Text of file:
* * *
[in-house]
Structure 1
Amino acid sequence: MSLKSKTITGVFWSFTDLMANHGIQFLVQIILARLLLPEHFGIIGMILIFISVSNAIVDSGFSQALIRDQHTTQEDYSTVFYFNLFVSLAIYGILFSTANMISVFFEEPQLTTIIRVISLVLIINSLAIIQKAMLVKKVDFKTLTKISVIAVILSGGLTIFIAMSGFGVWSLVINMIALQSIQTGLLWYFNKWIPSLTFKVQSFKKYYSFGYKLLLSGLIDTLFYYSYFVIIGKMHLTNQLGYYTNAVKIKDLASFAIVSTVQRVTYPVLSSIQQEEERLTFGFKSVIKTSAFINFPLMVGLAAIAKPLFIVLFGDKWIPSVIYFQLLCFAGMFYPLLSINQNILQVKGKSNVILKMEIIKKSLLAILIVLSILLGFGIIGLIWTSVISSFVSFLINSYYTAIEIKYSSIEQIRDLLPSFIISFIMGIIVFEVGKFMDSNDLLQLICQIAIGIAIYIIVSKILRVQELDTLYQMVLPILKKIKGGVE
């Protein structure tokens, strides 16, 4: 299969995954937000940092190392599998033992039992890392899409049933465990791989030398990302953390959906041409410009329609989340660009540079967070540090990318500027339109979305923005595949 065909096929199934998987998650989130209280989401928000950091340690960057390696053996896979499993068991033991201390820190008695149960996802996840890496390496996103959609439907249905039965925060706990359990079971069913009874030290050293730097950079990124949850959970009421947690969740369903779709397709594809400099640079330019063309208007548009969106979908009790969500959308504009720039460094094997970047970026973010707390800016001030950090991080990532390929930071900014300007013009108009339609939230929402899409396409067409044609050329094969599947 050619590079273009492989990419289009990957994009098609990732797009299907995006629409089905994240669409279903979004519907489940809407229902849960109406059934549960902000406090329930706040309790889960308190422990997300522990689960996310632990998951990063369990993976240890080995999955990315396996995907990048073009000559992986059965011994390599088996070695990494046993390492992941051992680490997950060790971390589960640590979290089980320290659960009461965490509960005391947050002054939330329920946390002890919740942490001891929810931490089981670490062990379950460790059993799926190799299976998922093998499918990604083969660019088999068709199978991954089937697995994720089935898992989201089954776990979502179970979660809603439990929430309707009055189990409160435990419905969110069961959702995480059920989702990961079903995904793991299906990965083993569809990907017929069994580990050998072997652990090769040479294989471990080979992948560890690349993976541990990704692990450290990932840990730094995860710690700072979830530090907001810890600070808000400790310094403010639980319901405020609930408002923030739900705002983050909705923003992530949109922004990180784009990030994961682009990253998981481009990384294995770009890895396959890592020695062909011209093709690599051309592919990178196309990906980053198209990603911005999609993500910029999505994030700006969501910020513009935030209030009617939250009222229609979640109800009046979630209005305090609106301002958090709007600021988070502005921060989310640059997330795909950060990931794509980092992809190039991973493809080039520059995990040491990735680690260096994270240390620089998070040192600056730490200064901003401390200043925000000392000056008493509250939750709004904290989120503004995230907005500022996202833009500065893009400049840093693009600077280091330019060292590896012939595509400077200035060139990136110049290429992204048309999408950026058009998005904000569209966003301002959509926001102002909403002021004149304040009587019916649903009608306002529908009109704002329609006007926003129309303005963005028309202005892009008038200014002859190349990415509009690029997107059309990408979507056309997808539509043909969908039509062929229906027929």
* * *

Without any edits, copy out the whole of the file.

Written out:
[in-house]
Structure 1
Amino acid sequence: MSLKSKTITGVFWSFTDLMANHGIQFLVQIILARLLLPEHFGIIGMILIFISVSNAIVDSGFSQALIRDQHTTQEDYSTVFYFNLFVSLAIYGILFSTANMISVFFEEPQLTTIIRVISLVLIINSLAIIQKAMLVKKVDFKTLTKISVIAVILSGGLTIFIAMSGFGVWSLVINMIALQSIQTGLLWYFNKWIPSLTFKVQSFKKYYSFGYKLLLSGLIDTLFYYSYFVIIGKMHLTNQLGYYTNAVKIKDLASFAIVSTVQRVTYPVLSSIQQEEERLTFGFKSVIKTSAFINFPLMVGLAAIAKPLFIVLFGDKWIPSVIYFQLLCFAGMFYPLLSINQNILQVKGKSNVILKMEIIKKSLLAILIVLSILLGFGIIGLIWTSVISSFVSFLINSYYTAIEIKYSSIEQIRDLLPSFIISFIMGIIVFEVGKFMDSNDLLQLICQIAIGIAIYIIVSKILRVQELDTLYQMVLPILKKIKGGVE
């Protein structure tokens, strides 16, 4: 299969995954937000940092190392599998033992039992890392899409049933465990791989030398990302953390959906041409410009329609989340660009540079967070540090990318500027339109979305923005595949 065909096929199934998987998650989130209280989401928000950091340690960057390696053996896979499993068991033991201390820190008695149960996802996840890496390496996103959609439907249905039965925060706990359990079971069913009874030290050293730097950079990124949850959970009421947690969740369903779709397709594809400099640079330019063309208007548009969106979908009790969500959308504009720039460094094997970047970026973010707390800016001030950090991080990532390929930071900014300007013009108009339609939230929402899409396409067409044609050329094969599947 050619590079273009492989990419289009990957994009098609990732797009299907995006629409089905994240669409279903979004519907489940809407229902849960109406059934549960902000406090329930706040309790889960308190422990997300522990689960996310632990998951990063369990993976240890080995999955990315396996995907990048073009000559992986059965011994390599088996070695990494046993390492992941051992680490997950060790971390589960640590979290089980320290659960009461965490509960005391947050002054939330329920946390002890919740942490001891929810931490089981670490062990379950460790059993799926190799299976998922093998499918990604083969660019088999068709199978991954089937697995994720089935898992989201089954776990979502179970979660809603439990929430309707009055189990409160435990419905969110069961959702995480059920989702990961079903995904793991299906990965083993569809990907017929069994580990050998072997652990090769040479294989471990080979992948560890690349993976541990990704692990450290990932840990730094995860710690700072979830530090907001810890600070808000400790310094403010639980319901405020609930408002923030739900705002983050909705923003992530949109922004990180784009990030994961682009990253998981481009990384294995770009890895396959890592020695062909011209093709690599051309592919990178196309990906980053198209990603911005999609993500910029999505994030700006969501910020513009935030209030009617939250009222229609979640109800009046979630209005305090609106301002958090709007600021988070502005921060989310640059997330795909950060990931794509980092992809190039991973493809080039520059995990040491990735680690260096994270240390620089998070040192600056730490200064901003401390200043925000000392000056008493509250939750709004904290989120503004995230907005500022996202833009500065893009400049840093693009600077280091330019060292590896012939595509400077200035060139990136110049290429992204048309999408950026058009998005904000569209966003301002959509926001102002909403002021004149304040009587019916649903009608306002529908009109704002329609006007926003129309303005963005028309202005892009008038200014002859190349990415509009690029997107059309990408979507056309997808539509043909969908039509062929229906027929």